On a sun-scorched wasteland near India's southern tip, an unlikely garden filled with spiky shrubs and spindly greens is growing, seemingly against all odds.

The plants are living on saltwater, coping with drought and possibly offering viable farming alternatives for a future in which rising seas have inundated countless coastal farmlands.

Sea rise, one of the consequences of climate change, now threatens millions of poor subsistence farmers across Asia. As ocean water swamps low-lying plots, experts say many could be forced to flee inland.

"It's hard to imagine how farmers will live," said Tapas Paul, who as a World Bank official helped channel about $100,000 to help build the small garden a decade ago in a swampy, seaside town dominated by salt flats in southern Tamil Nadu state. "In the places subject to inundation and sea level rise, there are few options."

A team of Indian scientists is searching for solutions to what they describe as a fast-approaching agricultural crisis. Their neatly plotted rows of naturally salt-tolerant plants, known as halophytes, could be a part of the answer. The scientists from the M.S. Swaminathan Research Foundation are also trying other approaches: tweaking genes and cross-breeding plants by conventional means to discover which might grow and even flourish.

"Sea level rise is inevitable, and we are not prepared," said Swaminathan, who pioneered high-yield wheat and rice varieties for India in the 1960s. "The biggest problem in India is just the very large population. We can say people can relocate, but where could we even accommodate all those who need to move inland?"

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Saltwater for a farmer long meant certain crop failure. Wartime foes sowed enemy fields with salt to ensure social collapse. Natural disasters such as the 2004 Asian tsunami left countless plots unproductive for years.

Asia's coastal farmers, including millions impoverished in India, now face such problems. Climate change will bring stronger storms and warmer temperatures that expand ocean waters and melt ice caps and glaciers. As a result, seas are set to rise up to 1 meter (3.2 feet) in this century, according to the latest scientific forecasts.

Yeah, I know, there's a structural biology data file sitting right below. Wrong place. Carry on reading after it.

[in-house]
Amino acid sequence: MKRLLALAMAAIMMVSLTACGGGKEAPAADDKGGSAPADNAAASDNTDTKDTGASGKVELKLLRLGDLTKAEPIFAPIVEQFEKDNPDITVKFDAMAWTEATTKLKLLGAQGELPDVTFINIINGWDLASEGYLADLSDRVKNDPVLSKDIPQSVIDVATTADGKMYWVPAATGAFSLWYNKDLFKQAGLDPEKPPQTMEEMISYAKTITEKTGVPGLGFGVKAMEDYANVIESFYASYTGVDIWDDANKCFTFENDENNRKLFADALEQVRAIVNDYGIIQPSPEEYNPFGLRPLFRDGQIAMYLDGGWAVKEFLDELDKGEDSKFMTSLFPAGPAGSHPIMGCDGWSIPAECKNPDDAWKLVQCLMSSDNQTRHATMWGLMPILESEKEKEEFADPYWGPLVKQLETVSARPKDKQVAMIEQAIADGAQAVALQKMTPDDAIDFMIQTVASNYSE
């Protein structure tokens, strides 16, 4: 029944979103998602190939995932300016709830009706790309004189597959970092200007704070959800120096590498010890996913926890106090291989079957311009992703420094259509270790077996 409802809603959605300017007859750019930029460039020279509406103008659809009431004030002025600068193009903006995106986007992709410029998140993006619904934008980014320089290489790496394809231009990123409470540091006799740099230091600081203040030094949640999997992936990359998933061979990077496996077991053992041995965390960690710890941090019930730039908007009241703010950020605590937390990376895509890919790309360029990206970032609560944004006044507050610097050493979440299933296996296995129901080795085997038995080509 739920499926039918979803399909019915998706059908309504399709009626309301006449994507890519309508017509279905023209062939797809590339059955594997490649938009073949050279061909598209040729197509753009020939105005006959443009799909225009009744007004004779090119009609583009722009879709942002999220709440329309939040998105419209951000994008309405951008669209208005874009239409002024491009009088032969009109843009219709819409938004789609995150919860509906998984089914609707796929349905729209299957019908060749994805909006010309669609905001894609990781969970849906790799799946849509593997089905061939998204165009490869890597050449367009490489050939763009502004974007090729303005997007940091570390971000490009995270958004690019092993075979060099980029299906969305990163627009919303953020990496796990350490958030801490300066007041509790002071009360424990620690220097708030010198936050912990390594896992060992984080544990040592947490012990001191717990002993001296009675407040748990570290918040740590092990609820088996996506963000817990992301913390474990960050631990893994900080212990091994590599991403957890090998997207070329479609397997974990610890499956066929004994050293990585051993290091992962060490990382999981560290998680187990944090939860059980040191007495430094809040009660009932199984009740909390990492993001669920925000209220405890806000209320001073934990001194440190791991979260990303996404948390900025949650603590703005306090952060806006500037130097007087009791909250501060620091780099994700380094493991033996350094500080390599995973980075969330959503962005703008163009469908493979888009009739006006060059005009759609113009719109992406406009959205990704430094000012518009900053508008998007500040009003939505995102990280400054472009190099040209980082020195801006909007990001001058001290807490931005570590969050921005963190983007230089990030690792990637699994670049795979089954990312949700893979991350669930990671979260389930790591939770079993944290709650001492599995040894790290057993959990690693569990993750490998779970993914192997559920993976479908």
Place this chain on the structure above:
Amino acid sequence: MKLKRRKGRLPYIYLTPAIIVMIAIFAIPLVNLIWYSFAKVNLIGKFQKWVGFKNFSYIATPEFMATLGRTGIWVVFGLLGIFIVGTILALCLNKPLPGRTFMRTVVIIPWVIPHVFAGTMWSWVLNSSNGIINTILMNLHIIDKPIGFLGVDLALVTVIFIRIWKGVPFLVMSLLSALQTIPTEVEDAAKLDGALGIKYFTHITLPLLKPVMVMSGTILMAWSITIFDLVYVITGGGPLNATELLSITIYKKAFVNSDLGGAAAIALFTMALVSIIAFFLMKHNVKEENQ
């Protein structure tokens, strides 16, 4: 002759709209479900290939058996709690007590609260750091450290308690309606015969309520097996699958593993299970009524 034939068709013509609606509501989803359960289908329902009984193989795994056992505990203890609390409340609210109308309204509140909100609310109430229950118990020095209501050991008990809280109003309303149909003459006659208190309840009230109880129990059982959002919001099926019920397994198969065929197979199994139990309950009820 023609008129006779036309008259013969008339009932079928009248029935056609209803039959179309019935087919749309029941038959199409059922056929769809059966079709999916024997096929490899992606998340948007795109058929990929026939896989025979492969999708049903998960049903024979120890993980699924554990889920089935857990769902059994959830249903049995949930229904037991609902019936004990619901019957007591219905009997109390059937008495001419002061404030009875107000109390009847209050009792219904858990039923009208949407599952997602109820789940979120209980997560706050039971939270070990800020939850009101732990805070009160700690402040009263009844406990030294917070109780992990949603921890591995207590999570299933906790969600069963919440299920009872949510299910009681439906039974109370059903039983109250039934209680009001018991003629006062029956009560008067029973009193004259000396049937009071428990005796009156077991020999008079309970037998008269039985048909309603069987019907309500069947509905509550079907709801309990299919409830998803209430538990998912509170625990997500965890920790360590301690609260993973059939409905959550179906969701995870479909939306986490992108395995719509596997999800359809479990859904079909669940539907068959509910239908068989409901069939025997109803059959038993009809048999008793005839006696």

Chellammal, a graceful, 65-year-old farming housewife in the Tamil Nadu village of Tetakudi, knows the nightmare of farming on salt-contaminated land too well.

"I struggled so long to get things to grow, but nothing worked," said Chellammal, who goes by one name. "Every year just got worse until there was nothing left," she said, crouched in a bright pink sari by her fields.

The land her family had saved for decades to buy went completely barren about five years ago, after a neighboring village took up shrimp farming when flooding from a nearby ocean canal salted their lands. The shrimp ponds were never lined properly, so their saltwater seeped into surrounding soils.

The farmland lost by Tetakudi's 200 households now supports little more than a vast expanse of salt-tolerant shrubs called Suaeda maritime along with succulents called Salicornia brachiata, known to locals as "chicken feet."

To the villagers, the bright green bushes are no better than weeds. Already, 12 families have boarded up their homes and left.

But scientists say suaeda is good for firewood. And salicornia species, which can tolerate nearly twice the salinity of seawater, have enormous potential as a biofuel crop, with seeds containing high concentrations of oil.

The problem, however, lies in realizing profits. For any crop to work on a large scale, inexpensive methods and machinery for harvesting will have to be developed. Then processing plants, production lines and markets would need to be built. As of now, none of that exists.

Chellammal is dubious, but interested.

"If we can make money from what we grow, we'll try it. Why not?" she said. "Maybe all is not lost."

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The timing for an agricultural crisis due to sea rise couldn't be worse. India's poor farmers already struggle with frequent flooding, drought and soils degraded by agrochemical overuse. Those on the coast are also hit by storms, with at least 27 of the 35 deadliest cyclones in history barreling through the Bay of Bengal before slamming into either India or Bangladesh.

India's freshwater sources are also in peril, with over-tapped groundwater reserves so low the country is expected to have only half the water it needs by 2030. Grain production, meanwhile, has stalled around 260 million tons in recent years, despite global pressure for India to boost yields, eliminate waste and eradicate widespread poverty and malnutrition.